The protest movement, under the name Emergency Action to Save Jeju Island, sent an Open Letter to the IUCN on August 27, objecting to the IUCN’s denial of Gangjeong villagers’ application for a booth within the World Conservation Congress.
In a response to the Open Letter on August 28, IUCN Director-General Julia Marton-Lefevre said, “IUCN has consistently supported the application of the Gangjeong Village Committee to have an exhibition stand at the Congress. Unfortunately our recommendation was not endorsed by our on-site partners.”
The group’s global communications director, John Kidd, told ENS in an email, “We have consistently supported their application. We would very much like to see them participating fully in the Forum part of the Congress (the other part being the Assembly of our member organizations). We would also like to see Congress delegates (thousands of conservationists from around the world) learn more about the naval base project.”
But one signer of the Open Letter, Bruce Gagnon, said Wednesday, “So far the WCC leadership, with funding coming from Samsung and the South Korea government, have refused to allow the Gangjeong village to have a display booth inside the convention.”
“In addition,” said Gagnon, coordinator of the Maine-based nonprofit Global Network Against Weapons and Nuclear Power in Space, “attempts to have the village leaders speak at the event have been suppressed by the government.”
But the naval base opponents will not be silenced. There are plans to introduce an emergency motion concerning the environmental impact of the Navy base on the WCC floor during the plenary session.
Gangjeong village Mayor Kang Dong-kyun intends to hand-deliver a petition to Marton-Lefevre at the Congress requesting that the IUCN support the passage of an IUCN Assembly Resolution calling on the South Korean government to shut down plans for the new base.
The petition also asks Marton-Lefevre to let the Gangjeong people speak by giving them the information booth at the conference that was promised to them and tell the Korean government that the villagers have a right to protest at the Convention.
Finally, the petition asks her to visit Gangjeong village to see the destruction that the naval base is already causing.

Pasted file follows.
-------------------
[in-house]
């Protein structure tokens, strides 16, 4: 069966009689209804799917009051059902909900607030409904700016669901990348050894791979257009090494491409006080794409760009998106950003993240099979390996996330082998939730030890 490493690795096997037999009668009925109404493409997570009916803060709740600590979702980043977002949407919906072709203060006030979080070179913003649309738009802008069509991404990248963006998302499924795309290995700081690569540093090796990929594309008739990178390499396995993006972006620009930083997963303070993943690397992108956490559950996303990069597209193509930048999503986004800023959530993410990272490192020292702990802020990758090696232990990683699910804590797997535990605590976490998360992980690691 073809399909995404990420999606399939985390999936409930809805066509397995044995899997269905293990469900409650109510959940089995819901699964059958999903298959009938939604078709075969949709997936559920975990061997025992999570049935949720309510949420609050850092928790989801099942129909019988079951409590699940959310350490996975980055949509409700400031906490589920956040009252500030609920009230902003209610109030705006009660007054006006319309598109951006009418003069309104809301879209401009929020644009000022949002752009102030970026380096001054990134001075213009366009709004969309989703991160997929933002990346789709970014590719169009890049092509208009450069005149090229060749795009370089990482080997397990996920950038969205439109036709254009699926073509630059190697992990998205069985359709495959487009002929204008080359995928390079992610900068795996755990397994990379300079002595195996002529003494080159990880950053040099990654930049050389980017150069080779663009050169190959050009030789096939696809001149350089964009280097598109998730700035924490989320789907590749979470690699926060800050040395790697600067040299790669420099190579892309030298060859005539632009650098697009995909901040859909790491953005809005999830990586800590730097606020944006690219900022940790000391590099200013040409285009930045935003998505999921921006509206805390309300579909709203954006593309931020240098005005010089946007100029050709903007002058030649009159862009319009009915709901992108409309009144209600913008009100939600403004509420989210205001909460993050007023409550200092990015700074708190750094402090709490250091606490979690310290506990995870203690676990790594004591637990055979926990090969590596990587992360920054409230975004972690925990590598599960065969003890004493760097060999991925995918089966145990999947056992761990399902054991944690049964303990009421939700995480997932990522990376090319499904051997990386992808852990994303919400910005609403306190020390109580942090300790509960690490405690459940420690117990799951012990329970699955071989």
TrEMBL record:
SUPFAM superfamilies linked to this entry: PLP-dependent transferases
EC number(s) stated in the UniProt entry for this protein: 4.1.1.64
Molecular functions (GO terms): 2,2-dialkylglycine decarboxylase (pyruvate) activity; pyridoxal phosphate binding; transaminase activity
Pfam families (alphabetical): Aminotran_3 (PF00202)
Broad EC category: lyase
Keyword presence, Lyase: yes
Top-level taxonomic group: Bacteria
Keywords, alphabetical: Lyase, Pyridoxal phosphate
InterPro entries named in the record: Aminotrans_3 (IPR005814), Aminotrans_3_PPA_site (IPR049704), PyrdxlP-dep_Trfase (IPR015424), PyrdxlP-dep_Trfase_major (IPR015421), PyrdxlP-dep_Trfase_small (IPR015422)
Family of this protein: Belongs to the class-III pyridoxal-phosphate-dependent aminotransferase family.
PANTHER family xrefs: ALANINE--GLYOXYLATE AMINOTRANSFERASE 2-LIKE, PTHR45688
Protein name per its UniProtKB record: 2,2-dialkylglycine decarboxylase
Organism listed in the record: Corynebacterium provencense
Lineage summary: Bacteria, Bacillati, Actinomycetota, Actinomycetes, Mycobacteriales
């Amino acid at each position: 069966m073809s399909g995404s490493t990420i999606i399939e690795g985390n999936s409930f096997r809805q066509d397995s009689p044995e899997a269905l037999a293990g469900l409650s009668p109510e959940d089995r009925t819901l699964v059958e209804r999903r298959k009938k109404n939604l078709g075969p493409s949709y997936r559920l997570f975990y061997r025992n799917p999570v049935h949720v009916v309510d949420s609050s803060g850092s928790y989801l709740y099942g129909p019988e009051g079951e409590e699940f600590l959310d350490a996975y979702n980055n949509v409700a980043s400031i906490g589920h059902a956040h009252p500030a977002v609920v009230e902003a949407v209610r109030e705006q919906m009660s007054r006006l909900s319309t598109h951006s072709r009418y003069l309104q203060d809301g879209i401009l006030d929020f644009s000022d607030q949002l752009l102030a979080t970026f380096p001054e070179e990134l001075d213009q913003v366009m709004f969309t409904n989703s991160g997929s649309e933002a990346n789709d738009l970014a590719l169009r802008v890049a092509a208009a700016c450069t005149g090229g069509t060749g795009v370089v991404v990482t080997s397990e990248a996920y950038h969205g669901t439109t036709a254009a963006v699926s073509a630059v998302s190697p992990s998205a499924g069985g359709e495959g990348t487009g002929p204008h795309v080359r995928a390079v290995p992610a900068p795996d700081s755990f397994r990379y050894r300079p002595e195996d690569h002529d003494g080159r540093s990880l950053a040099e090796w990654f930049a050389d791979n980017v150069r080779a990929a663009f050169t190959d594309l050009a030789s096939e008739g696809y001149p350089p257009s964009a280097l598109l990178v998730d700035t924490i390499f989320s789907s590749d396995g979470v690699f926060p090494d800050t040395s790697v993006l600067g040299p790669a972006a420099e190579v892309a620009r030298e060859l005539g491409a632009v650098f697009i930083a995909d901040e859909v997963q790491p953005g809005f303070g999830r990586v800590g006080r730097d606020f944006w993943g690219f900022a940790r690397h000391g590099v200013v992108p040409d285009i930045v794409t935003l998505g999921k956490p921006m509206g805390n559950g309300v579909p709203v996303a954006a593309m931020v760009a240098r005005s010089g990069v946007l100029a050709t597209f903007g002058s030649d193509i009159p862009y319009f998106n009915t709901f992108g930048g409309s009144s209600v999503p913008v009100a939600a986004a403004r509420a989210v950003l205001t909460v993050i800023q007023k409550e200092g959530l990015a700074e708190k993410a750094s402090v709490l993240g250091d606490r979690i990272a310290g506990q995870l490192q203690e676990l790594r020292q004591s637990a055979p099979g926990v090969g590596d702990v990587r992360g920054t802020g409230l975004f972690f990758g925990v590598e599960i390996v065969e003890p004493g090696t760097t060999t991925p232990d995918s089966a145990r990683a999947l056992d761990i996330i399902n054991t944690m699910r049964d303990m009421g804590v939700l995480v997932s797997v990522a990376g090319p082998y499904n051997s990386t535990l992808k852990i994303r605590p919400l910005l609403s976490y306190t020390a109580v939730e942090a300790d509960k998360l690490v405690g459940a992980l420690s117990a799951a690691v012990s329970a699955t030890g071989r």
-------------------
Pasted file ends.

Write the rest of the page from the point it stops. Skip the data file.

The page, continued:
The Open Letter, signed by many prominent environmentalists from around the world, says, “The once-celebrated southern Jeju coastline is now being covered in concrete, thanks to the Korean government, Samsung corporation, and the silence of IUCN.”
“The naval base project, meant to become home-port for Korean and U.S. missile-carrying warships 300 miles from China, is threatening one of the planet’s last great soft coral reefs, and other coastal treasures, killing numerous endangered species (including one on IUCN’s famous Red List), and destroying centuries-old sustainable communities of local farmers and fishers,” says the Open Letter.
“The Gangjeong villagers have been protesting the base project for years, and are being met with daily police brutality,” the Open Letter says. “Such activities represent all that IUCN has traditionally opposed.”
The IUCN still does oppose police brutality. Replying to an ENS question, Kidd said, “No! IUCN does not condone police brutality. Various open letters, including this one, attribute things to IUCN that are not true. Another example is that IUCN ‘supports’ or ‘praises’ the naval base project. This is not true, and we have never said this.”
“Members of the Village Committee, and indeed anyone interested in any conservation issue from the Republic of Korea or elsewhere, are welcome to register and attend the Forum events of our Congress, to share information and join in constructive debate,” said Kidd.
“I understand that there will be several events at the Congress where the concerns regarding the Jeju naval base project may be debated,” he said, “and that interested delegates might visit Gangjeong, see the site, and participate in one of the events being organized there by the Village Committee.”